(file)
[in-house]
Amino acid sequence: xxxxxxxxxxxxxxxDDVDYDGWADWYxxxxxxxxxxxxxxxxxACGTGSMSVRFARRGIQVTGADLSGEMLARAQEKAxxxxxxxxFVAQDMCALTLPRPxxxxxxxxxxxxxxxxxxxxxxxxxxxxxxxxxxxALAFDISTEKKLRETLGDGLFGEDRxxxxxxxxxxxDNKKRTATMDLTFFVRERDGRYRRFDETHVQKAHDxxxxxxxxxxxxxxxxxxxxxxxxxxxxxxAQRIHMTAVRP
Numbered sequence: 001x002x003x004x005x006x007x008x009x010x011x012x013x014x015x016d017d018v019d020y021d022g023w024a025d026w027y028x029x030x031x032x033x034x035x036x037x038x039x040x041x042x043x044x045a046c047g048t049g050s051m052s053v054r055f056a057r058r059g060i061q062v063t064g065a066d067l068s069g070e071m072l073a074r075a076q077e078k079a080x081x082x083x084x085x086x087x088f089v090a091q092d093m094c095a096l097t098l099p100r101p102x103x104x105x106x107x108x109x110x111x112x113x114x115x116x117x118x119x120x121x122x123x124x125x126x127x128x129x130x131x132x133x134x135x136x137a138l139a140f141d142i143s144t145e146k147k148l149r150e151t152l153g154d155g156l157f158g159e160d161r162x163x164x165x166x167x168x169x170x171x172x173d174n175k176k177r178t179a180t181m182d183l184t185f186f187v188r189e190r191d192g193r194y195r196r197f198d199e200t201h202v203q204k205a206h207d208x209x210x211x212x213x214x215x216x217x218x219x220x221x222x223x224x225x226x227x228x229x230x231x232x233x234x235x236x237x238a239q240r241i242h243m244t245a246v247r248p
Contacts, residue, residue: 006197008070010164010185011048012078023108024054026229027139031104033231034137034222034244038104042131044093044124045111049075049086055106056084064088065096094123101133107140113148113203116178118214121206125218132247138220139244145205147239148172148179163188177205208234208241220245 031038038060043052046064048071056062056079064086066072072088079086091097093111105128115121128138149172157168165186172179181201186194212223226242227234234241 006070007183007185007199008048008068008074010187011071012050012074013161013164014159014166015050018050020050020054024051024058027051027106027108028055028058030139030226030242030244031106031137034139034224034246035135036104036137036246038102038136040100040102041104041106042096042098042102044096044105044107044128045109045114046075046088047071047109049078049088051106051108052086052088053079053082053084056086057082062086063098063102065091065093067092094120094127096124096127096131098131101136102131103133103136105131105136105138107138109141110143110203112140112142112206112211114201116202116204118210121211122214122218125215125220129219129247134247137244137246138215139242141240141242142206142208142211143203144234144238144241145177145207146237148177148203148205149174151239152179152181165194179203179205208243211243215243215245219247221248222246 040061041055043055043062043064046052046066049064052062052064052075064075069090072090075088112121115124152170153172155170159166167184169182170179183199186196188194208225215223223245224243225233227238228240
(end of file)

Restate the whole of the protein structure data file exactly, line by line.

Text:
[in-house]
Amino acid sequence: xxxxxxxxxxxxxxxDDVDYDGWADWYxxxxxxxxxxxxxxxxxACGTGSMSVRFARRGIQVTGADLSGEMLARAQEKAxxxxxxxxFVAQDMCALTLPRPxxxxxxxxxxxxxxxxxxxxxxxxxxxxxxxxxxxALAFDISTEKKLRETLGDGLFGEDRxxxxxxxxxxxDNKKRTATMDLTFFVRERDGRYRRFDETHVQKAHDxxxxxxxxxxxxxxxxxxxxxxxxxxxxxxAQRIHMTAVRP
Numbered sequence: 001x002x003x004x005x006x007x008x009x010x011x012x013x014x015x016d017d018v019d020y021d022g023w024a025d026w027y028x029x030x031x032x033x034x035x036x037x038x039x040x041x042x043x044x045a046c047g048t049g050s051m052s053v054r055f056a057r058r059g060i061q062v063t064g065a066d067l068s069g070e071m072l073a074r075a076q077e078k079a080x081x082x083x084x085x086x087x088f089v090a091q092d093m094c095a096l097t098l099p100r101p102x103x104x105x106x107x108x109x110x111x112x113x114x115x116x117x118x119x120x121x122x123x124x125x126x127x128x129x130x131x132x133x134x135x136x137a138l139a140f141d142i143s144t145e146k147k148l149r150e151t152l153g154d155g156l157f158g159e160d161r162x163x164x165x166x167x168x169x170x171x172x173d174n175k176k177r178t179a180t181m182d183l184t185f186f187v188r189e190r191d192g193r194y195r196r197f198d199e200t201h202v203q204k205a206h207d208x209x210x211x212x213x214x215x216x217x218x219x220x221x222x223x224x225x226x227x228x229x230x231x232x233x234x235x236x237x238a239q240r241i242h243m244t245a246v247r248p
Contacts, residue, residue: 006197008070010164010185011048012078023108024054026229027139031104033231034137034222034244038104042131044093044124045111049075049086055106056084064088065096094123101133107140113148113203116178118214121206125218132247138220139244145205147239148172148179163188177205208234208241220245 031038038060043052046064048071056062056079064086066072072088079086091097093111105128115121128138149172157168165186172179181201186194212223226242227234234241 006070007183007185007199008048008068008074010187011071012050012074013161013164014159014166015050018050020050020054024051024058027051027106027108028055028058030139030226030242030244031106031137034139034224034246035135036104036137036246038102038136040100040102041104041106042096042098042102044096044105044107044128045109045114046075046088047071047109049078049088051106051108052086052088053079053082053084056086057082062086063098063102065091065093067092094120094127096124096127096131098131101136102131103133103136105131105136105138107138109141110143110203112140112142112206112211114201116202116204118210121211122214122218125215125220129219129247134247137244137246138215139242141240141242142206142208142211143203144234144238144241145177145207146237148177148203148205149174151239152179152181165194179203179205208243211243215243215245219247221248222246 040061041055043055043062043064046052046066049064052062052064052075064075069090072090075088112121115124152170153172155170159166167184169182170179183199186196188194208225215223223245224243225233227238228240